So Paul is saying even in the Old Testament salvation came through hearing with faith.  If this is the way it was way back then, why would you think that it is any different now?

#3 An Argument from the Book of the Law

10For all who rely on works of the law are under a curse; for it is written, “Cursed be everyone who does not abide by all things written in the Book of the Law, and do them.” 11Now it is evident that no one is justified before God by the law, for “The righteous shall live by faith.” 12But the law is not of faith, rather “The one who does them shall live by them.”    Galatians 3:10-12

Paul’s argument here is simply this:  If you put yourself under the law and seek righteousness under the law, you will succeed only if you obey the entire law.  And as we know, no one can “abide by all things written in the Book of the Law”:

James 2:10 For whoever keeps the whole law but fails in one point has become guilty of all of it.

Romans 3:23 For all have sinned and fall short of the glory of God.

Paul’s conclusion then, in verse 11, is that it is impossible for anyone to be justified (be declared righteous) by the law.  The standard that God sets in the law is too high.  The law is powerless, then, to make us righteous or to grow us in righteousness.

#4 An Argument From Christ on the Cross

13Christ redeemed us from the curse of the law by becoming a curse for us—for it is written, “Cursed is everyone who is hanged on a tree”— 14so that in Christ Jesus the blessing of Abraham might come to the Gentiles, so that we might receive the promised Spirit through faith.  Galatians 3:13-14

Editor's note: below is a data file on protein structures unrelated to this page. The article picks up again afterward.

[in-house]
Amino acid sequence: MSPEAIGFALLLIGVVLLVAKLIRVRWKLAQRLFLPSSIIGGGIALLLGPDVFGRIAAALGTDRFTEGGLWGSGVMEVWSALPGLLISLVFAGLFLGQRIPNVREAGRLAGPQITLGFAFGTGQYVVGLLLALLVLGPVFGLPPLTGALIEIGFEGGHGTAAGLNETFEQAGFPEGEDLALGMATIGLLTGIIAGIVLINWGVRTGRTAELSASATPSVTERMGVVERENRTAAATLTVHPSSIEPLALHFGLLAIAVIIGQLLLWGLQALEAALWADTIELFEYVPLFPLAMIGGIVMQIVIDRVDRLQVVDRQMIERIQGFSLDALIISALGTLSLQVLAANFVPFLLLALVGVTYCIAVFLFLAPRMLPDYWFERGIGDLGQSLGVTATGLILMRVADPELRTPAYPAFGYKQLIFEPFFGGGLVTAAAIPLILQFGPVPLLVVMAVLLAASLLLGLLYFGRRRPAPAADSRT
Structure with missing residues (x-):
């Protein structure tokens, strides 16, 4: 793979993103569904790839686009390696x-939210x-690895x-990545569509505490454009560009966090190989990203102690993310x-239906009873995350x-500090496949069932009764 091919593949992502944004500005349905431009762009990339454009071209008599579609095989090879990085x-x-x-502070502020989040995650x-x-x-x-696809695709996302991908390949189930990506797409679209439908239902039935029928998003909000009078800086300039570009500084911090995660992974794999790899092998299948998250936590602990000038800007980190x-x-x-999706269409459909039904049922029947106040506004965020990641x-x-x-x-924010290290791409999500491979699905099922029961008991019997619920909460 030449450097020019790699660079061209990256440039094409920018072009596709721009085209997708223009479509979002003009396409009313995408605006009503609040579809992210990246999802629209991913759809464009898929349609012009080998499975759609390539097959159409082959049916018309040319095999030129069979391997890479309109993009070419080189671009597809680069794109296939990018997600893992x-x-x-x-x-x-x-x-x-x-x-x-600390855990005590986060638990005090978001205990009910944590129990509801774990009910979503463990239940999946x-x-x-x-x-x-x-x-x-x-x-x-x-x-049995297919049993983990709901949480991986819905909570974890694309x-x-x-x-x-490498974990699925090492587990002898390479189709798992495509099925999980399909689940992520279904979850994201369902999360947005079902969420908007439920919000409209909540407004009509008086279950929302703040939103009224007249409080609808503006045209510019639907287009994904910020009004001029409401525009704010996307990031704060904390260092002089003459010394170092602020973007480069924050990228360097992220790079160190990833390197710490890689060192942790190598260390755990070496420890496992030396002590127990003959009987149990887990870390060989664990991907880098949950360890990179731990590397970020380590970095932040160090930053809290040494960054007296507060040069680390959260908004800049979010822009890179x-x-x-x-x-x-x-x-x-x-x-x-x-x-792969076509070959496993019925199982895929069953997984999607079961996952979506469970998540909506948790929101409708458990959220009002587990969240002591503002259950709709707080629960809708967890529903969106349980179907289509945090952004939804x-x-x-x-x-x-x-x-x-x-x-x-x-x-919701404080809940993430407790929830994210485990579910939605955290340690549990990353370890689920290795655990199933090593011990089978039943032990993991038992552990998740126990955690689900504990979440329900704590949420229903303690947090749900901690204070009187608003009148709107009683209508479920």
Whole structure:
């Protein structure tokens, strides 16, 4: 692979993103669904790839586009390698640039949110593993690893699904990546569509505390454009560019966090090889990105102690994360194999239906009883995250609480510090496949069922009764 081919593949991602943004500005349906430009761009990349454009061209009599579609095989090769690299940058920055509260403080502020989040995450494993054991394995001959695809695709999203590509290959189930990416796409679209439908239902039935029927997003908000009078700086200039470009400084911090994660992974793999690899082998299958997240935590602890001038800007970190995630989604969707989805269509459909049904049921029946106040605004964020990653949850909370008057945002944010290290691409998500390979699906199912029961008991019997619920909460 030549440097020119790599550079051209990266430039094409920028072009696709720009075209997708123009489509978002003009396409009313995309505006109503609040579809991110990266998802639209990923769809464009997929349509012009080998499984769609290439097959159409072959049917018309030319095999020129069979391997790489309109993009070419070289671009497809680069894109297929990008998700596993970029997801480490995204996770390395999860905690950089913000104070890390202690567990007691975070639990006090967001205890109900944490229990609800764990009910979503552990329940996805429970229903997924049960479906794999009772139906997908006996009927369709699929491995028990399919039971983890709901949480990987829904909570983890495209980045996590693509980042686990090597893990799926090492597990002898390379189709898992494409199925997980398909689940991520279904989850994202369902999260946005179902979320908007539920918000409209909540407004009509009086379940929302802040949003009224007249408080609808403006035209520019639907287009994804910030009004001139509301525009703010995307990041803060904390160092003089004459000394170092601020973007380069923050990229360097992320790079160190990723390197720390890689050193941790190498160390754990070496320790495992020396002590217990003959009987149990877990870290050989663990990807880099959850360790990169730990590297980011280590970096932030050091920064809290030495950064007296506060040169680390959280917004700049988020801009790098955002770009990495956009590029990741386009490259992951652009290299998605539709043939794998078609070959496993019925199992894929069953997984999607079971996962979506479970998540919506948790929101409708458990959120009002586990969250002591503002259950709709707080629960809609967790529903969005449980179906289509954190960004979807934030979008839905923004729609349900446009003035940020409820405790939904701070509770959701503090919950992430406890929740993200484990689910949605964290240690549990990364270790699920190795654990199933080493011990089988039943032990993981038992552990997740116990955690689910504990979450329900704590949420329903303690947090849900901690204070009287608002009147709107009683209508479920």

So Paul says if you are under the law, and you fail to obey every part of the law, you are under a curse.  But the good news is that Jesus has taken that curse for us on the cross.  By hanging on a tree (the cross), it was clearly seen that Jesus was cursed by God.  Why?  Because he failed to obey the law?  No, to offer himself up for us who have failed to obey the law.  In other words, brothers and sisters to Galatia stop pursuing righteousness under the law.  You will never measure up to the standard of the law and Jesus has already taken the curse of the law for you in your place.

Discussion Questions

(Thank you Pastor Dave for writing the discussion questions this week!)

Read Galatians 3:1-2.  Why do you think Paul uses such strong language here with the Galatian church?  When is it appropriate to confront someone?  What can we learn from the way Paul confronted the Galatians?
Read verse 3. What do you think Paul means by the phrase, “perfected by the flesh” (ESV)?  If you have some other translations, compare them.  The Galatians were trying to perfect themselves through good works. Tim Keller often quotes John Gerstner who said, “The main thing standing between you and God is not so much your sins; it’s your damnable good works.” What works of righteousness do I use to justify myself before God?